Song Of The Day by Eric Berman – The Jukebox Series #36 – The Friends Of Distinction: “Grazing In The Grass” b/w “Going In Circles” – Collectables 45 RPM Single COL 04769 (M4/NL4)







Song Of The Day by Eric Berman – The Jukebox Series #36 – The Friends Of Distinction: “Grazing In The Grass” b/w “Going In Circles” – Collectables 45 RPM Single COL 04769 (M4/NL4)

“The Jukebox Series” focuses on the 80 records that inhabit my 1963 Seeburg LPC1 jukebox. I’ve had my jukebox (or as I like to call it “the prehistoric iPod”) for a little over twelve years and in that time I’d like to think that I’ve perfected the mix of 45s within.

Some of the world’s best-loved and biggest hits have their origin in afterthought…

“Grazing In The Grass” was originally an instrumental hit recorded by South African trumpeter Hugh Masekela that topped the charts in 1968. Masekela came to record the song after purchasing a cowbell-infused novelty record in Zambia called “Mr. Bull #5.” After turning in his debut album to UNI Records which was contractually short by three minutes, the label suggested he cover the single. While in the studio, actor and singer Philemon Hou came up with a new melody which became “Grazing In The Grass.”

Masekela thought little of the song, but included it on the album anyway to fulfill his contract. When UNI executive Russ Regan decided to release it as a single, Hugh Masekela became the first South African recording act to reach number one on the pop charts. (Fun fact: The guitarist on Masekela’s version of the song was Bruce Langhorne, who was the subject of Bob Dylan’s “Mr. Tambourine Man.”)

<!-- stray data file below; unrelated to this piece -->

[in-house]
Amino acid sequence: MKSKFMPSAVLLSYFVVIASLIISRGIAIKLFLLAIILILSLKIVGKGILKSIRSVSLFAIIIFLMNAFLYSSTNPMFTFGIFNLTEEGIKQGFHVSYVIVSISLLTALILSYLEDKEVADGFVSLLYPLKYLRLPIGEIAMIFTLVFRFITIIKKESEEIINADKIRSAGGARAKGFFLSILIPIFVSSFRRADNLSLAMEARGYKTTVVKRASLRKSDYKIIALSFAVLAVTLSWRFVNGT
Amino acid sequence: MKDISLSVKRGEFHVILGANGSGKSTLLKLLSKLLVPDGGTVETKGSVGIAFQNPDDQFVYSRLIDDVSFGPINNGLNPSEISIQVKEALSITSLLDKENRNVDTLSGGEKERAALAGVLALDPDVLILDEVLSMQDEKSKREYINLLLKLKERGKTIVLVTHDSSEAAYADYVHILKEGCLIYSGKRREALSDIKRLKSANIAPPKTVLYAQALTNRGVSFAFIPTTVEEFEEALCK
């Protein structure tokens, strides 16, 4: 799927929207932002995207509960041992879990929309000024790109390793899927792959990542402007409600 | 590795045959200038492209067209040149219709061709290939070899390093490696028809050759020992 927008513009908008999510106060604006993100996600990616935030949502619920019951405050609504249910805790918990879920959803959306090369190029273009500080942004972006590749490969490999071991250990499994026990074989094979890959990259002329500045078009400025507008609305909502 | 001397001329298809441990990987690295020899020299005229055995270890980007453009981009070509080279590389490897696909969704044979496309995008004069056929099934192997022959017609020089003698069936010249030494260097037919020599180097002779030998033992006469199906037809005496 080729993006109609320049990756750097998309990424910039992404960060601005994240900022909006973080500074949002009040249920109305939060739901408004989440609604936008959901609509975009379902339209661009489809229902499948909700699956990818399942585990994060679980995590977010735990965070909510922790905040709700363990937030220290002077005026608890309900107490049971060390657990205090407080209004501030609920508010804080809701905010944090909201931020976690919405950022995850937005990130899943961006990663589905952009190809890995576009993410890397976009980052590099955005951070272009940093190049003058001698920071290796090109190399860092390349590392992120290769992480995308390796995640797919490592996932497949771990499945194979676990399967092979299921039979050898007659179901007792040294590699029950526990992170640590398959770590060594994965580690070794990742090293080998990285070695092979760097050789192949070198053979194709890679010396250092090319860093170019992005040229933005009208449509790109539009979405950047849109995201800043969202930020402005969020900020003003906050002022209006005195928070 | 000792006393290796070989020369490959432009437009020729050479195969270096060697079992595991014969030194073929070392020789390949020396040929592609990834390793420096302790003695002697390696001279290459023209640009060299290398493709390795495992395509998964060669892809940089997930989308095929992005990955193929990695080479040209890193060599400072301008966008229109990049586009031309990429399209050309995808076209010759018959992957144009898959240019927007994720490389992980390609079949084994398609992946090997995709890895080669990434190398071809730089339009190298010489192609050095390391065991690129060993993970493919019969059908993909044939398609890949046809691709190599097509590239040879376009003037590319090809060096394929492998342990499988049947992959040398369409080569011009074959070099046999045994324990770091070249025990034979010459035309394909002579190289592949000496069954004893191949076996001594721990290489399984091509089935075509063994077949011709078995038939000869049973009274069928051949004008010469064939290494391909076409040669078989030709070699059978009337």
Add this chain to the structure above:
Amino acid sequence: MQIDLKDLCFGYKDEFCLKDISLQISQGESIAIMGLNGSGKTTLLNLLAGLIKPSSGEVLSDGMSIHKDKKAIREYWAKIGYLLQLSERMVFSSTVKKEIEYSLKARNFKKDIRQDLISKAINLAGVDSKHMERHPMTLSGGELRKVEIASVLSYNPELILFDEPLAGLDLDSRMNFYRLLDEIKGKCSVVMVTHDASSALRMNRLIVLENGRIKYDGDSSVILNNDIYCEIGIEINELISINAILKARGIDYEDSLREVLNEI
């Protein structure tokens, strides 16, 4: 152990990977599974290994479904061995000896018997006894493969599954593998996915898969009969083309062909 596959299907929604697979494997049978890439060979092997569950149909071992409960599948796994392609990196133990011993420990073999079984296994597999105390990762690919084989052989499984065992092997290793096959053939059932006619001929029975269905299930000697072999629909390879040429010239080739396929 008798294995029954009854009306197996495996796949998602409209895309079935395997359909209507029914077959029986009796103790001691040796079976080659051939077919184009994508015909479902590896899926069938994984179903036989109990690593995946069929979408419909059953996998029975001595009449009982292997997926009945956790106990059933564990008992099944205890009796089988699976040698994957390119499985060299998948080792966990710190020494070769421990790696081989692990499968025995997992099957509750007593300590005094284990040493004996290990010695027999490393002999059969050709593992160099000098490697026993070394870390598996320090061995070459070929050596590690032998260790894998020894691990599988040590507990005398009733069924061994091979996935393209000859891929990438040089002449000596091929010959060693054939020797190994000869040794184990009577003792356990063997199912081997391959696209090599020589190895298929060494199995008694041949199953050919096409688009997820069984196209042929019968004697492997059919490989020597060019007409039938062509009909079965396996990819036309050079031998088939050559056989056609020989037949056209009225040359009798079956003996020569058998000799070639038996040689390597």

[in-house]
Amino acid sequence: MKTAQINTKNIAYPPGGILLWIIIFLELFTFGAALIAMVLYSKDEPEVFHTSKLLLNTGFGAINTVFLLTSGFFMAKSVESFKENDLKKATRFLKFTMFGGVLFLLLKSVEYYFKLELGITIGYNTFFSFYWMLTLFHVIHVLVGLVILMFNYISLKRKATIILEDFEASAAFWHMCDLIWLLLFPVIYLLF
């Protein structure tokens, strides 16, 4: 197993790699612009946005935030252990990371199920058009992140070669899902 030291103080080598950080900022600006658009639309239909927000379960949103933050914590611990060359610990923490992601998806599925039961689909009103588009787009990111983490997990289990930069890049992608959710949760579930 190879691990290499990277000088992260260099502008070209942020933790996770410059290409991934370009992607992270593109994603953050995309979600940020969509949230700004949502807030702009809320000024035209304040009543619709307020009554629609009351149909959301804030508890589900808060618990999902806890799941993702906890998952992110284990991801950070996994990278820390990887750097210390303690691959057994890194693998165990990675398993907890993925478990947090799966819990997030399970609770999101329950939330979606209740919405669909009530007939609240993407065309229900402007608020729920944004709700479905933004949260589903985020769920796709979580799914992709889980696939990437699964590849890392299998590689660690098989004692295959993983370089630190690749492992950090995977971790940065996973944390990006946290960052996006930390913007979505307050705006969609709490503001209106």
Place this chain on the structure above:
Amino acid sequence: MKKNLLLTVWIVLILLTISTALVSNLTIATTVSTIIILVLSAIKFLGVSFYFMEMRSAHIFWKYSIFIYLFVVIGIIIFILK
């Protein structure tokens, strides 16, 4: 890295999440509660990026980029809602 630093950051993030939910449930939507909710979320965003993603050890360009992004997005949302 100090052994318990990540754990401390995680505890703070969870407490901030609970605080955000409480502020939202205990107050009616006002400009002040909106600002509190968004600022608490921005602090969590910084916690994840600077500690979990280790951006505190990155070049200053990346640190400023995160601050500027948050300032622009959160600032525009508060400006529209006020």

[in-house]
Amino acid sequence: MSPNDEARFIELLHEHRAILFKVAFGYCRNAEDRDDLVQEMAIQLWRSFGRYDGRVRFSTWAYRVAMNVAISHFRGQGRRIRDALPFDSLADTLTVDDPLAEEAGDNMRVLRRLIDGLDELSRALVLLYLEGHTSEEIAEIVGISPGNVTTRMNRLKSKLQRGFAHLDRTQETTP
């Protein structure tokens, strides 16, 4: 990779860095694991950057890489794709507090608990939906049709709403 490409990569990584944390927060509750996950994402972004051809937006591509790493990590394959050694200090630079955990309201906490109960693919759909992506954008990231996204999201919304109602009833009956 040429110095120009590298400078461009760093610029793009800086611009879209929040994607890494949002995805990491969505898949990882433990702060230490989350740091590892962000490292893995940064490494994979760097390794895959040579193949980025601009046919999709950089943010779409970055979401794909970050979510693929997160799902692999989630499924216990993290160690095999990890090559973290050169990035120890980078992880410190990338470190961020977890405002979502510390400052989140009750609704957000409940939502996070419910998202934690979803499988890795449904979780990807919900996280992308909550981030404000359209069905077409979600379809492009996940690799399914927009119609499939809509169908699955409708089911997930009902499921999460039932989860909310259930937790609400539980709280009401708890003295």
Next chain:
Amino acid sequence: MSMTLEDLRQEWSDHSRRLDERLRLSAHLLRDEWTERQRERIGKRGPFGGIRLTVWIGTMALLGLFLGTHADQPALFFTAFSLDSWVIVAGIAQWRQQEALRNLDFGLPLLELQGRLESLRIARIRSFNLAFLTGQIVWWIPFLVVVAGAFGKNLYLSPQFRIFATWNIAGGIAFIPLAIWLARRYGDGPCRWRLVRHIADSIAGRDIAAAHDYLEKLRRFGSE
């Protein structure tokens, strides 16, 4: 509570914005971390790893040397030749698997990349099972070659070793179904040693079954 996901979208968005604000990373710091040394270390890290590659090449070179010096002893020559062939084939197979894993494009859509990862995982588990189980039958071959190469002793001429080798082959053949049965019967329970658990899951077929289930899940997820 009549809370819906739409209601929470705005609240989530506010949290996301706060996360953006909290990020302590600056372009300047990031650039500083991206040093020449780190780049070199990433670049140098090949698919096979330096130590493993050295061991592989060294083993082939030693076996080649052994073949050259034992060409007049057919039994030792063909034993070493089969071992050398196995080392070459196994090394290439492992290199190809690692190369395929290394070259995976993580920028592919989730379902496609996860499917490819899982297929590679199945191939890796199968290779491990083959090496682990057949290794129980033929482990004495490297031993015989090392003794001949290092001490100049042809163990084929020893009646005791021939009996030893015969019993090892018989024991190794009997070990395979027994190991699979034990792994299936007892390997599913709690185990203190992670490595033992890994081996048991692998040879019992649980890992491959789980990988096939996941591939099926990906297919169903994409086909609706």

The Friends Of Distinction were a soul group from southern California that formed in 1968 around Harry Elston, Floyd Butler, Jessica Cleaves and Barbara Jean Love. Elston and Butler were members of The Hif-Fi’s, who warmed up for Ray Charles on tour, along with Marilyn McCoo and Lamont McLemore who went on to form The 5th Dimension. The group secured a recording contract with RCA Records after joining forces with ex-Cleveland Browns running back Jim Brown who took on management of the group.

When Elston heard Masekela’s hit version of the song, he wrote lyrics to it for Friends Of Distinction to record. Their version hit #3 on the pop charts and #5 R&B. While many people believe that the song is about getting high, it’s actually about bulls grazing in the grass.

The song has been covered by Stevie Wonder, Chet Atkins, Boney James and Meco, and has been featured in many films including Anchorman: The Legend of Ron Burgundy, Jackie Brown, I Shot Andy Warhol and I’m Gonna Get You Sucka.

The flip of today’s single is The Friends’ follow-up single “Going In Circles” which was also a million seller that climbed to #3 on the R&B charts and #15 pop in 1970. The slow jam heartbreak/coming-of-age song was written by Jerry Peters and Anita Poree and has been covered by The Gap Band, Isaac Hayes (on his Black Moses album) and Luther Vandross.

The story goes that after six albums and five years of hits including “Love or Let Me Be Lonely,” “Time Waits for No One,” and “I Need You,” The Friends Of Distinction broke up somewhat acrimoniously with Elston and Butler going separate ways to work outside of the music industry.  By 1990 the legacy and influence of The Friends’ recordings had grown substantially. After not speaking to each other for many years, Elston and Butler agreed to work together again, however the reunion was short lived as Butler suffered from a heart attack and died in Elston’s arms. Elston reformed the group in 1996 with new members including Geno Henderson, Wendy Brune and Berlando Drake. They continue to tour and perform the music of The Friends Of Distinction around the world today.